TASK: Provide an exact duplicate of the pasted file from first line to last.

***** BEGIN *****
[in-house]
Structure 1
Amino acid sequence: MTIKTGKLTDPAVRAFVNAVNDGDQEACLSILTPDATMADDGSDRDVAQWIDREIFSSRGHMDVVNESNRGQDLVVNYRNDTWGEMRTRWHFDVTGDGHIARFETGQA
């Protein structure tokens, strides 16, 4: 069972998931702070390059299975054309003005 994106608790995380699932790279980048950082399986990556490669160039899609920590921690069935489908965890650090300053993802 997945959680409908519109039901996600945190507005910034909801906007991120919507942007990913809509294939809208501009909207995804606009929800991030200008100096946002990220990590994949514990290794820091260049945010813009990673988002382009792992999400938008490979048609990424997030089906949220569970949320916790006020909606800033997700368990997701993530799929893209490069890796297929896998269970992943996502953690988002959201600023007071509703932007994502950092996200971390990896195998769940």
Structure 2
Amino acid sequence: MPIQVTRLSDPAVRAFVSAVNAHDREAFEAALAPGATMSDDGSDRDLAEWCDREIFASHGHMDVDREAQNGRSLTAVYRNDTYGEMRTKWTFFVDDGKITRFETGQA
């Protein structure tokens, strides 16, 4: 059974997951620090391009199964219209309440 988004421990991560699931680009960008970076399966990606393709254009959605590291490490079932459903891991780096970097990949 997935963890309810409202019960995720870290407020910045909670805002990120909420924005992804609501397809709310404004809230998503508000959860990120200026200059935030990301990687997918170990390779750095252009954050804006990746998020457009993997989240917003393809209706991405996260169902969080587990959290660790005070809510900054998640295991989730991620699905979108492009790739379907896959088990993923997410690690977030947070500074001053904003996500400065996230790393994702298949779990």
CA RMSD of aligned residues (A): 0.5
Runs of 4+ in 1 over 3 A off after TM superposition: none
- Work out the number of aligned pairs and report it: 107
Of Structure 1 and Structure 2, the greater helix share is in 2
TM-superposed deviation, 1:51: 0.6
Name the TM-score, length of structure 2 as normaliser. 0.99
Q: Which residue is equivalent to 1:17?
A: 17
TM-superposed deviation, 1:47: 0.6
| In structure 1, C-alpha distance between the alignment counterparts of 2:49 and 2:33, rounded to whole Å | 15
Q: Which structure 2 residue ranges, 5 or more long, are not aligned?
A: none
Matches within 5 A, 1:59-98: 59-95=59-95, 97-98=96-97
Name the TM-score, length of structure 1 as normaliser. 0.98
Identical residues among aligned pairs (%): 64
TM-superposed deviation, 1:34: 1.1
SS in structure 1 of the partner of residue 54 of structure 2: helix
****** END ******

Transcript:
[in-house]
Structure 1
Amino acid sequence: MTIKTGKLTDPAVRAFVNAVNDGDQEACLSILTPDATMADDGSDRDVAQWIDREIFSSRGHMDVVNESNRGQDLVVNYRNDTWGEMRTRWHFDVTGDGHIARFETGQA
């Protein structure tokens, strides 16, 4: 069972998931702070390059299975054309003005 994106608790995380699932790279980048950082399986990556490669160039899609920590921690069935489908965890650090300053993802 997945959680409908519109039901996600945190507005910034909801906007991120919507942007990913809509294939809208501009909207995804606009929800991030200008100096946002990220990590994949514990290794820091260049945010813009990673988002382009792992999400938008490979048609990424997030089906949220569970949320916790006020909606800033997700368990997701993530799929893209490069890796297929896998269970992943996502953690988002959201600023007071509703932007994502950092996200971390990896195998769940």
Structure 2
Amino acid sequence: MPIQVTRLSDPAVRAFVSAVNAHDREAFEAALAPGATMSDDGSDRDLAEWCDREIFASHGHMDVDREAQNGRSLTAVYRNDTYGEMRTKWTFFVDDGKITRFETGQA
């Protein structure tokens, strides 16, 4: 059974997951620090391009199964219209309440 988004421990991560699931680009960008970076399966990606393709254009959605590291490490079932459903891991780096970097990949 997935963890309810409202019960995720870290407020910045909670805002990120909420924005992804609501397809709310404004809230998503508000959860990120200026200059935030990301990687997918170990390779750095252009954050804006990746998020457009993997989240917003393809209706991405996260169902969080587990959290660790005070809510900054998640295991989730991620699905979108492009790739379907896959088990993923997410690690977030947070500074001053904003996500400065996230790393994702298949779990």
CA RMSD of aligned residues (A): 0.5
Runs of 4+ in 1 over 3 A off after TM superposition: none
- Work out the number of aligned pairs and report it: 107
Of Structure 1 and Structure 2, the greater helix share is in 2
TM-superposed deviation, 1:51: 0.6
Name the TM-score, length of structure 2 as normaliser. 0.99
Q: Which residue is equivalent to 1:17?
A: 17
TM-superposed deviation, 1:47: 0.6
| In structure 1, C-alpha distance between the alignment counterparts of 2:49 and 2:33, rounded to whole Å | 15
Q: Which structure 2 residue ranges, 5 or more long, are not aligned?
A: none
Matches within 5 A, 1:59-98: 59-95=59-95, 97-98=96-97
Name the TM-score, length of structure 1 as normaliser. 0.98
Identical residues among aligned pairs (%): 64
TM-superposed deviation, 1:34: 1.1
SS in structure 1 of the partner of residue 54 of structure 2: helix